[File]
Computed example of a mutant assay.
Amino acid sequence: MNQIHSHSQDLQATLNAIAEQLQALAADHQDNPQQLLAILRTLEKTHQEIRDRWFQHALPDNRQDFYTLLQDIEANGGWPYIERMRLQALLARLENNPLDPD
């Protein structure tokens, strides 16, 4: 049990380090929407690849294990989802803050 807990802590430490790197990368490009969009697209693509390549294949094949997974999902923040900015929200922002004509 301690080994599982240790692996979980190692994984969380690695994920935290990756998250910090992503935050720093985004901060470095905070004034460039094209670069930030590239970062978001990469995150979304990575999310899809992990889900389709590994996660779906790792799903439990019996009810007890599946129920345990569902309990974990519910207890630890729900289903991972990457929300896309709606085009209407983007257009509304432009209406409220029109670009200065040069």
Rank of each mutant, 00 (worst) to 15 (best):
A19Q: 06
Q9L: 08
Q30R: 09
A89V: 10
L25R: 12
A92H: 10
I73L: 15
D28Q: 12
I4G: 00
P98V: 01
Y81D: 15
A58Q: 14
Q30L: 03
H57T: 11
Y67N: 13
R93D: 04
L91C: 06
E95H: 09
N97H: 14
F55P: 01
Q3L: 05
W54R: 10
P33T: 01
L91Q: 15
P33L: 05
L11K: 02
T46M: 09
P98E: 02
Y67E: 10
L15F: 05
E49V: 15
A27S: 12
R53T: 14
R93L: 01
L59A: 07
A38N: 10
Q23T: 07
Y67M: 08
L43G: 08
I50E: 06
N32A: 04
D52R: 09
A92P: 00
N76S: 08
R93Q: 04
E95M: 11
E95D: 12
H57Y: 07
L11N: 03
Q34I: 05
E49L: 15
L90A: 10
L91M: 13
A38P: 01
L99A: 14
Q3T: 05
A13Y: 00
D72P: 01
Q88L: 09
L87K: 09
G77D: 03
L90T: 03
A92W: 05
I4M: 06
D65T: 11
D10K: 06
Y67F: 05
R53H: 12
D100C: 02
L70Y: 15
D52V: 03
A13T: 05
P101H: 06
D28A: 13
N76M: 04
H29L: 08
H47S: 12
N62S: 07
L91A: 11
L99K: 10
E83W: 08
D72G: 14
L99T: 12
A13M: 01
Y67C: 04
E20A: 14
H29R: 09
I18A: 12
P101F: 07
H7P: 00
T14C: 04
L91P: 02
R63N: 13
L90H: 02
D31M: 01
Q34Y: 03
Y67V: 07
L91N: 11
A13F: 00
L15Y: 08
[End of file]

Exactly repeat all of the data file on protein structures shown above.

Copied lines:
Computed example of a mutant assay.
Amino acid sequence: MNQIHSHSQDLQATLNAIAEQLQALAADHQDNPQQLLAILRTLEKTHQEIRDRWFQHALPDNRQDFYTLLQDIEANGGWPYIERMRLQALLARLENNPLDPD
């Protein structure tokens, strides 16, 4: 049990380090929407690849294990989802803050 807990802590430490790197990368490009969009697209693509390549294949094949997974999902923040900015929200922002004509 301690080994599982240790692996979980190692994984969380690695994920935290990756998250910090992503935050720093985004901060470095905070004034460039094209670069930030590239970062978001990469995150979304990575999310899809992990889900389709590994996660779906790792799903439990019996009810007890599946129920345990569902309990974990519910207890630890729900289903991972990457929300896309709606085009209407983007257009509304432009209406409220029109670009200065040069």
Rank of each mutant, 00 (worst) to 15 (best):
A19Q: 06
Q9L: 08
Q30R: 09
A89V: 10
L25R: 12
A92H: 10
I73L: 15
D28Q: 12
I4G: 00
P98V: 01
Y81D: 15
A58Q: 14
Q30L: 03
H57T: 11
Y67N: 13
R93D: 04
L91C: 06
E95H: 09
N97H: 14
F55P: 01
Q3L: 05
W54R: 10
P33T: 01
L91Q: 15
P33L: 05
L11K: 02
T46M: 09
P98E: 02
Y67E: 10
L15F: 05
E49V: 15
A27S: 12
R53T: 14
R93L: 01
L59A: 07
A38N: 10
Q23T: 07
Y67M: 08
L43G: 08
I50E: 06
N32A: 04
D52R: 09
A92P: 00
N76S: 08
R93Q: 04
E95M: 11
E95D: 12
H57Y: 07
L11N: 03
Q34I: 05
E49L: 15
L90A: 10
L91M: 13
A38P: 01
L99A: 14
Q3T: 05
A13Y: 00
D72P: 01
Q88L: 09
L87K: 09
G77D: 03
L90T: 03
A92W: 05
I4M: 06
D65T: 11
D10K: 06
Y67F: 05
R53H: 12
D100C: 02
L70Y: 15
D52V: 03
A13T: 05
P101H: 06
D28A: 13
N76M: 04
H29L: 08
H47S: 12
N62S: 07
L91A: 11
L99K: 10
E83W: 08
D72G: 14
L99T: 12
A13M: 01
Y67C: 04
E20A: 14
H29R: 09
I18A: 12
P101F: 07
H7P: 00
T14C: 04
L91P: 02
R63N: 13
L90H: 02
D31M: 01
Q34Y: 03
Y67V: 07
L91N: 11
A13F: 00
L15Y: 08